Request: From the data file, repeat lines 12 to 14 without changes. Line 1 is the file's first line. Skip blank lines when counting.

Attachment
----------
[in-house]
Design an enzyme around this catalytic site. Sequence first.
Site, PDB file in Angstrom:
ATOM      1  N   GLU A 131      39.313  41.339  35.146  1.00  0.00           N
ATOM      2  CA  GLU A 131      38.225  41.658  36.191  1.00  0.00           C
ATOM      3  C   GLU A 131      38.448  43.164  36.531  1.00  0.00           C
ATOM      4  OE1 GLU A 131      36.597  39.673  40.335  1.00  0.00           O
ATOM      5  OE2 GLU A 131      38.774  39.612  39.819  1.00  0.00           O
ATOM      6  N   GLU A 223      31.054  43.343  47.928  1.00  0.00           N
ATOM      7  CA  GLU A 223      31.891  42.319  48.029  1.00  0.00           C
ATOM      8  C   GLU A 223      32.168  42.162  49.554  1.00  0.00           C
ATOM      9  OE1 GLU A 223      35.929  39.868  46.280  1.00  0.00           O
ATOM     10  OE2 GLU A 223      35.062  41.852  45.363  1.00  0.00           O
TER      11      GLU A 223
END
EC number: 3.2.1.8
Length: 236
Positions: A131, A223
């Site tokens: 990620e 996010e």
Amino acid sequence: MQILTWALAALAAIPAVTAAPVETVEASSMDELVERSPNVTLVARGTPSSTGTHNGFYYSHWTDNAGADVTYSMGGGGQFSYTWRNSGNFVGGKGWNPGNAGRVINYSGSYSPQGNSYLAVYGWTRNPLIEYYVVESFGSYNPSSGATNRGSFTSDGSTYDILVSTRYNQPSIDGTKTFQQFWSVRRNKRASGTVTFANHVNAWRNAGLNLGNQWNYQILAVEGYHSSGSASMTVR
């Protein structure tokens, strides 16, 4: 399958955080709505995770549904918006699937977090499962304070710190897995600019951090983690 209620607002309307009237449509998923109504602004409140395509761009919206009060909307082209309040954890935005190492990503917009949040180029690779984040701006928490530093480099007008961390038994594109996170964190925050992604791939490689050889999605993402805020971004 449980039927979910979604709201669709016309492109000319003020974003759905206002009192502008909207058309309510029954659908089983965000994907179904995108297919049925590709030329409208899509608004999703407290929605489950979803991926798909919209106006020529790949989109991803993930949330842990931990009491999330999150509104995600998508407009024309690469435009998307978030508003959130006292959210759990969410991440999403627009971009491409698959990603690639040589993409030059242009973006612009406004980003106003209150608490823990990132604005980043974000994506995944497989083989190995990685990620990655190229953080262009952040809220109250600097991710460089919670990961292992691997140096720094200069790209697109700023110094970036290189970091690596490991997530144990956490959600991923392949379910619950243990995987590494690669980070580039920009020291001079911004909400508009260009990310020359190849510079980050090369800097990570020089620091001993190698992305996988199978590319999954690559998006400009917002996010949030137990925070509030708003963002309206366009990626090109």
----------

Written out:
ATOM      9  OE1 GLU A 223      35.929  39.868  46.280  1.00  0.00           O
ATOM     10  OE2 GLU A 223      35.062  41.852  45.363  1.00  0.00           O
TER      11      GLU A 223